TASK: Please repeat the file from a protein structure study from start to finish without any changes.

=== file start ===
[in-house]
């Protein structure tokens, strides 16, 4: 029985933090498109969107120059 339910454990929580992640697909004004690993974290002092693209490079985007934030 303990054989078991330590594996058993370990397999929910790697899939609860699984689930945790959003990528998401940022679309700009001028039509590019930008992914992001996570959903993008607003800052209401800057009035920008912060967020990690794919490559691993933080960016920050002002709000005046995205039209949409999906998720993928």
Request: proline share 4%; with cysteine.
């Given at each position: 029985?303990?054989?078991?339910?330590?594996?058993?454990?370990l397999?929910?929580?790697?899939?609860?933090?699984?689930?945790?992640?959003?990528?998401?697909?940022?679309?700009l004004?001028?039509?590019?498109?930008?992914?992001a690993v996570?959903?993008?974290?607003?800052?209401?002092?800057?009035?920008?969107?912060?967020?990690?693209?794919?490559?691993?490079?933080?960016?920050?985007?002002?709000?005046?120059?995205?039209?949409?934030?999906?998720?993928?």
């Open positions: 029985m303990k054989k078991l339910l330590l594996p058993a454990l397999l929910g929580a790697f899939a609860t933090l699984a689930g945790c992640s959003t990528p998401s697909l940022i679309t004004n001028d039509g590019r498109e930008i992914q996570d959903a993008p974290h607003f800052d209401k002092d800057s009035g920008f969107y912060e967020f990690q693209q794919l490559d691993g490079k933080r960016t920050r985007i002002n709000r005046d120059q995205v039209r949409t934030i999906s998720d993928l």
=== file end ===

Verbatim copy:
[in-house]
């Protein structure tokens, strides 16, 4: 029985933090498109969107120059 339910454990929580992640697909004004690993974290002092693209490079985007934030 303990054989078991330590594996058993370990397999929910790697899939609860699984689930945790959003990528998401940022679309700009001028039509590019930008992914992001996570959903993008607003800052209401800057009035920008912060967020990690794919490559691993933080960016920050002002709000005046995205039209949409999906998720993928």
Request: proline share 4%; with cysteine.
């Given at each position: 029985?303990?054989?078991?339910?330590?594996?058993?454990?370990l397999?929910?929580?790697?899939?609860?933090?699984?689930?945790?992640?959003?990528?998401?697909?940022?679309?700009l004004?001028?039509?590019?498109?930008?992914?992001a690993v996570?959903?993008?974290?607003?800052?209401?002092?800057?009035?920008?969107?912060?967020?990690?693209?794919?490559?691993?490079?933080?960016?920050?985007?002002?709000?005046?120059?995205?039209?949409?934030?999906?998720?993928?």
């Open positions: 029985m303990k054989k078991l339910l330590l594996p058993a454990l397999l929910g929580a790697f899939a609860t933090l699984a689930g945790c992640s959003t990528p998401s697909l940022i679309t004004n001028d039509g590019r498109e930008i992914q996570d959903a993008p974290h607003f800052d209401k002092d800057s009035g920008f969107y912060e967020f990690q693209q794919l490559d691993g490079k933080r960016t920050r985007i002002n709000r005046d120059q995205v039209r949409t934030i999906s998720d993928l």